You’ve heard the saying, “make hay when the sun shines”. The same applies when you buy hay for your livestock. Be it goats, sheep, horses, cattle, or otherwise, Buy hay in the spring, buy hay in the summer, buy hay in the fall. But don’t wait until winter to buy hay.
Hay prices will be at their lowest during summer. Especially in the early summer when field crop farmers are out cutting the first spring growth, first cut hay. These farmers may not have had any income from these dormant fields for some time, especially in northern climates where snow cover and freezing weather prevents any growth or harvest for up to five months out of the year. Farmers are looking to make some money now and are ready to sell. Additionally, spring weather favors a bountiful crop of hay. There will be plenty of first cut bales to sell. Buy hay in the summer.
Hay prices will go up later in the growing season. Late summer and fall cuttings, or second and third cut hay, usually yields a lighter harvest for crop farmers. But bales of second cut and third cut hay is more nutritious than first cut hay. The stems and stalks have a finer texture, more green leaves, a sweeter smell and flavor, and most livestock recognize the difference and prefer second and third cut hay over first cut hay. So the likelihood of a lighter harvest, yet better product, drives prices up a dollar or two per square, and several dollars per round. Buy high quality, second cut hay in the late summer and early fall.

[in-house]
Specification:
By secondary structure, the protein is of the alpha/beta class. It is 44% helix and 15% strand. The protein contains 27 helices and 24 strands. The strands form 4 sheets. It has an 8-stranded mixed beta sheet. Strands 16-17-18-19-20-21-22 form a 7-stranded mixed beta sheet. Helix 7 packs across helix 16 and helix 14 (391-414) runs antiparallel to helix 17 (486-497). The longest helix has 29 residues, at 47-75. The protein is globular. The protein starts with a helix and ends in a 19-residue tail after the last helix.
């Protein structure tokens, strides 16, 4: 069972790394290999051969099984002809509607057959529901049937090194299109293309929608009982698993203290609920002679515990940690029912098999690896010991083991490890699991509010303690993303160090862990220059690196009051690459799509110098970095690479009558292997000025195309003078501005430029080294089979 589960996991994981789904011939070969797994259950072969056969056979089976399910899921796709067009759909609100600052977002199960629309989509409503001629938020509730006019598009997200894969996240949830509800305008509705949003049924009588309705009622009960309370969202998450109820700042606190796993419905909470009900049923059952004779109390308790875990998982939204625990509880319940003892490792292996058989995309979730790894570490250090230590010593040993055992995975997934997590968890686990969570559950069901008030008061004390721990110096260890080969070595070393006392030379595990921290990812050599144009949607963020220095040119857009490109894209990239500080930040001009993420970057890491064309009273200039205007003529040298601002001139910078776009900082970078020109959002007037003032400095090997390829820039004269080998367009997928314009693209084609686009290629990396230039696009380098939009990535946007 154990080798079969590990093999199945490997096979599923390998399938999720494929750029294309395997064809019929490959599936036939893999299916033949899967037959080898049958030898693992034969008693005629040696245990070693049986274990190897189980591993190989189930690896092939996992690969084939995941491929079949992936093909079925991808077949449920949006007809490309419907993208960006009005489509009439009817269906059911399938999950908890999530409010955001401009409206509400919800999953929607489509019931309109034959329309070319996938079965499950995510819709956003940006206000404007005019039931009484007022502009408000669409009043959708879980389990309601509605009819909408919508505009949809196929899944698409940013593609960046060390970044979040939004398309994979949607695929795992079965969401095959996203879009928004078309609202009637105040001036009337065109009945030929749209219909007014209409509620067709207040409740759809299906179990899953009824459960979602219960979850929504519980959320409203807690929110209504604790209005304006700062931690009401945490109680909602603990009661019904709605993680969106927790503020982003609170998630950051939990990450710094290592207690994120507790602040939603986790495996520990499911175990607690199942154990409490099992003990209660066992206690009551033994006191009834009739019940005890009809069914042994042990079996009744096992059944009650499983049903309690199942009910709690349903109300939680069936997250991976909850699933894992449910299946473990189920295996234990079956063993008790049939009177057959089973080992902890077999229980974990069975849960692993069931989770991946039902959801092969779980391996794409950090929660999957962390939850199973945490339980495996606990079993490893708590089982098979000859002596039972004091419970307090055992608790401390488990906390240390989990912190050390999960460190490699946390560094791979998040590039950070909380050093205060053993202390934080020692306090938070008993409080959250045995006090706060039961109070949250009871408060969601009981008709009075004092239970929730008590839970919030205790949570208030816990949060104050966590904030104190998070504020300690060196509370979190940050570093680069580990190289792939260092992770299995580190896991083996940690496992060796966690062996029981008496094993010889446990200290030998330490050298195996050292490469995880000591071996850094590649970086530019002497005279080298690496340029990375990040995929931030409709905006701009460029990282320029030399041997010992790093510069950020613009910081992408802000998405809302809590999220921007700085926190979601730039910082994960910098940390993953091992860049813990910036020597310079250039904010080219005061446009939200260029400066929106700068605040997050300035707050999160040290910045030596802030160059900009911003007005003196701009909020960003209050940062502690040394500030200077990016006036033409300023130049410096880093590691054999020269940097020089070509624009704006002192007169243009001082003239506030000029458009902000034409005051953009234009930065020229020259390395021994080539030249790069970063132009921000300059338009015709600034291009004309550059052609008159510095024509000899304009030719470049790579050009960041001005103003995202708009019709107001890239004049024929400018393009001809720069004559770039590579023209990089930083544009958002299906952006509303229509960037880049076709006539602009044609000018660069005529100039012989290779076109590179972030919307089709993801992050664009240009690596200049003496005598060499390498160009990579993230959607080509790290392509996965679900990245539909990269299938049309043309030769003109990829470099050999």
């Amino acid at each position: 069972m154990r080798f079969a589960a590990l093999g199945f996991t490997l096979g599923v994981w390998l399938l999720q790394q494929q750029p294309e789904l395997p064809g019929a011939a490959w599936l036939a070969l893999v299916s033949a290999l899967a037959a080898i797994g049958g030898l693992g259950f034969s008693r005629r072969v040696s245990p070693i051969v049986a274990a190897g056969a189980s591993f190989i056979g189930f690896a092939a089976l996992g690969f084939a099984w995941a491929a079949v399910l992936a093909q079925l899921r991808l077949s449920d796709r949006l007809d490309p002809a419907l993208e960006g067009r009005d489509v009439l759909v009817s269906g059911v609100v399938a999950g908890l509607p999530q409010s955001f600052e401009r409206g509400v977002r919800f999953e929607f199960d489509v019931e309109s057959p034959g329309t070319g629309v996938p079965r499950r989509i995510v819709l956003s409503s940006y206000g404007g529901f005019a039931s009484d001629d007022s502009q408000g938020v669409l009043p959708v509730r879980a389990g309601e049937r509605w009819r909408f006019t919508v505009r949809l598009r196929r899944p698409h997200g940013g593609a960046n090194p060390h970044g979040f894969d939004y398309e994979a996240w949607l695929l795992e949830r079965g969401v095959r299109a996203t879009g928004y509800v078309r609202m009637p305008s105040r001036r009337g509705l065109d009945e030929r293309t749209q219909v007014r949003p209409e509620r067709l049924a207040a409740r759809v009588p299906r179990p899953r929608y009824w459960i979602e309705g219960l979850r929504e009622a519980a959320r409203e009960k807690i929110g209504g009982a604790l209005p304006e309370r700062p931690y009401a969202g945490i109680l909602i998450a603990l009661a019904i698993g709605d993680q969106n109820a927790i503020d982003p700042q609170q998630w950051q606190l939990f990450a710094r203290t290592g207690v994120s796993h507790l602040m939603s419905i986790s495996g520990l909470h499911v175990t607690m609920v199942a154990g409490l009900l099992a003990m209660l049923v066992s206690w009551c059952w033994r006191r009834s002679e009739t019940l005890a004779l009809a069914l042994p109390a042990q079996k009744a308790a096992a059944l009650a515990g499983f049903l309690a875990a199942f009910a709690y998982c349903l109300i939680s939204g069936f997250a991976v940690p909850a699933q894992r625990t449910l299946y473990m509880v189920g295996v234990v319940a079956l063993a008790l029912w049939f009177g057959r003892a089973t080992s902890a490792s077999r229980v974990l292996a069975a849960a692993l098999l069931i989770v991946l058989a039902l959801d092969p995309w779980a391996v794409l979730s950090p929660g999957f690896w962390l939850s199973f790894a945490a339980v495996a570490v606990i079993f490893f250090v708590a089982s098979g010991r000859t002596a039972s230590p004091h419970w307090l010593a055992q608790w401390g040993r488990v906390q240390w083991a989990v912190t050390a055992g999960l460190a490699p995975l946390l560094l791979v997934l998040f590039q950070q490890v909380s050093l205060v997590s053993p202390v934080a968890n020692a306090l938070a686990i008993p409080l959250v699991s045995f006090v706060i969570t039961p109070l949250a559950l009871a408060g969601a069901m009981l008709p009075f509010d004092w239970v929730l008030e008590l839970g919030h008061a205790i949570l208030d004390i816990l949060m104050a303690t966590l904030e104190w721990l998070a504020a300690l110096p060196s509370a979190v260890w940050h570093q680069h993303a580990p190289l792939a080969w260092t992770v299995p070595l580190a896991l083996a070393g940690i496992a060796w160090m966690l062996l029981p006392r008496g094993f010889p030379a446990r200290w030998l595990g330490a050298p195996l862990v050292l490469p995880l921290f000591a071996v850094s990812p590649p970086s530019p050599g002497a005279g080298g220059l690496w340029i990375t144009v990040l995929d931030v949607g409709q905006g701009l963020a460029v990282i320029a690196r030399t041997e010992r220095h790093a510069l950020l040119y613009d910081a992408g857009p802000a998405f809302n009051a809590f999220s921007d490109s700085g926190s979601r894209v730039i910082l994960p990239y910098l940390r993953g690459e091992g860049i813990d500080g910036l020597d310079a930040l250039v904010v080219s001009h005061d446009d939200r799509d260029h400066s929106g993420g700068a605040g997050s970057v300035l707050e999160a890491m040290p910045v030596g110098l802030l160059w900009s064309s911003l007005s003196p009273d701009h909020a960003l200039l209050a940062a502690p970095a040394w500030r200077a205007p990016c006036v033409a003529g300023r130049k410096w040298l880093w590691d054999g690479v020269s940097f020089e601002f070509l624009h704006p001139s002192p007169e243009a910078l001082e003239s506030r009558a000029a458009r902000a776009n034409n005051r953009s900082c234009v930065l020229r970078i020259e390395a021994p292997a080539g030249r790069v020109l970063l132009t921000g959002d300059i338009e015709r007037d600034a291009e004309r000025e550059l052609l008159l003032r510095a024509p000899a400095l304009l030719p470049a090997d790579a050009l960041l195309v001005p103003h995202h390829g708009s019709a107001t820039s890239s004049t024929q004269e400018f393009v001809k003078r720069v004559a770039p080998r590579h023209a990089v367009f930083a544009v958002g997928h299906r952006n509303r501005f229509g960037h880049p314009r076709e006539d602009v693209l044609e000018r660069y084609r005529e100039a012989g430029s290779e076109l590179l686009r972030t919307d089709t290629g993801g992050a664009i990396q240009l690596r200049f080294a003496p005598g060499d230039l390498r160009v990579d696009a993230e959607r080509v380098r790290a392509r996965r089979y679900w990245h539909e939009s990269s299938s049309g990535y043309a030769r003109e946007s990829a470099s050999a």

If your farm animals tend to be selective grazers you may want to add the higher priced second and third cut hay into your feed budget. It can be cost prohibitive to feed second cut hay all year round, so for cost management purposes buy and feed more first cut hay to your livestock. Treat them now and then to the second cut hay on those really long cold streaks.
Don’t Wait Until Winter to Buy Hay
Hay purchased in the winter is not any more nutritious or desirable to your livestock. It’s stored hay from the previous season. Finding a farmer with hay available in January, February, and March is difficult. Their their goal is to sell out in the fall. Then they do not have to go through the extra effort to move, wrap, and store hay over winter. The farmer that has done the extra work isn’t going to let it go for cheap. Add another dollar or two for each square. Demand is high and supply is low. Hay prices will be highest in the winter.
Case in point, in the summer and fall I can buy certified organic hay from my neighborhood farmer for $5 per square. One winter I went back for resupply in early January. I discovered that he was now getting $7 and $8 per square. That’s no small price to pay when you’re out of hay for your livestock and spring is months away.
Save Money On Hay
Farmers wisdom for thousands of years has said to ‘make hay when the sun shines’. Learn from the years of experience and buy hay when the sun shines. Your livestock will love you for it. And you can hold onto those saved hundreds for other farm products you certainly forgot to plan for this winter.